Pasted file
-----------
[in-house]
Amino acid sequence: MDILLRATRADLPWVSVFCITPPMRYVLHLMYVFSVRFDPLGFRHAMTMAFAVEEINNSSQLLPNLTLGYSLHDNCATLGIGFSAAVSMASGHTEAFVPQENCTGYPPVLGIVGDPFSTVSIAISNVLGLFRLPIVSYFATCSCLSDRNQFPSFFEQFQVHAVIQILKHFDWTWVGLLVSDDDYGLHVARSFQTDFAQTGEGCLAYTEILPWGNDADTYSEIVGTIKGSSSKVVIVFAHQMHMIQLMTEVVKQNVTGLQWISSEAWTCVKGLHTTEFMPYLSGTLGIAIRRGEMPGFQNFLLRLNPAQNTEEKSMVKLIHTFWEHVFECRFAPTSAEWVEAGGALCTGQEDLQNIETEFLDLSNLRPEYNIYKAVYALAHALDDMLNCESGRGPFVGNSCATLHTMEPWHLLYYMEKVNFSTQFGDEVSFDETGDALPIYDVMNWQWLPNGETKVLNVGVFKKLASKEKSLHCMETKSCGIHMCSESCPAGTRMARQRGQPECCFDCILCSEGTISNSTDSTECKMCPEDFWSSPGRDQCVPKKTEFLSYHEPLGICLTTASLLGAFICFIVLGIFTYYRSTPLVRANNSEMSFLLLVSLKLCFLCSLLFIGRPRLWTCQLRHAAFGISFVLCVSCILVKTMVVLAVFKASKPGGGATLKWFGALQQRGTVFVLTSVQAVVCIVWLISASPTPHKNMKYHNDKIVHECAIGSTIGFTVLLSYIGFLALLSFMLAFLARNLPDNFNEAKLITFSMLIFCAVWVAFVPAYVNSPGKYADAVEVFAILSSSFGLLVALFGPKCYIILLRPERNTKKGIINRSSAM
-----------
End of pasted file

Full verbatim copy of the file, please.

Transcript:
[in-house]
Amino acid sequence: MDILLRATRADLPWVSVFCITPPMRYVLHLMYVFSVRFDPLGFRHAMTMAFAVEEINNSSQLLPNLTLGYSLHDNCATLGIGFSAAVSMASGHTEAFVPQENCTGYPPVLGIVGDPFSTVSIAISNVLGLFRLPIVSYFATCSCLSDRNQFPSFFEQFQVHAVIQILKHFDWTWVGLLVSDDDYGLHVARSFQTDFAQTGEGCLAYTEILPWGNDADTYSEIVGTIKGSSSKVVIVFAHQMHMIQLMTEVVKQNVTGLQWISSEAWTCVKGLHTTEFMPYLSGTLGIAIRRGEMPGFQNFLLRLNPAQNTEEKSMVKLIHTFWEHVFECRFAPTSAEWVEAGGALCTGQEDLQNIETEFLDLSNLRPEYNIYKAVYALAHALDDMLNCESGRGPFVGNSCATLHTMEPWHLLYYMEKVNFSTQFGDEVSFDETGDALPIYDVMNWQWLPNGETKVLNVGVFKKLASKEKSLHCMETKSCGIHMCSESCPAGTRMARQRGQPECCFDCILCSEGTISNSTDSTECKMCPEDFWSSPGRDQCVPKKTEFLSYHEPLGICLTTASLLGAFICFIVLGIFTYYRSTPLVRANNSEMSFLLLVSLKLCFLCSLLFIGRPRLWTCQLRHAAFGISFVLCVSCILVKTMVVLAVFKASKPGGGATLKWFGALQQRGTVFVLTSVQAVVCIVWLISASPTPHKNMKYHNDKIVHECAIGSTIGFTVLLSYIGFLALLSFMLAFLARNLPDNFNEAKLITFSMLIFCAVWVAFVPAYVNSPGKYADAVEVFAILSSSFGLLVALFGPKCYIILLRPERNTKKGIINRSSAM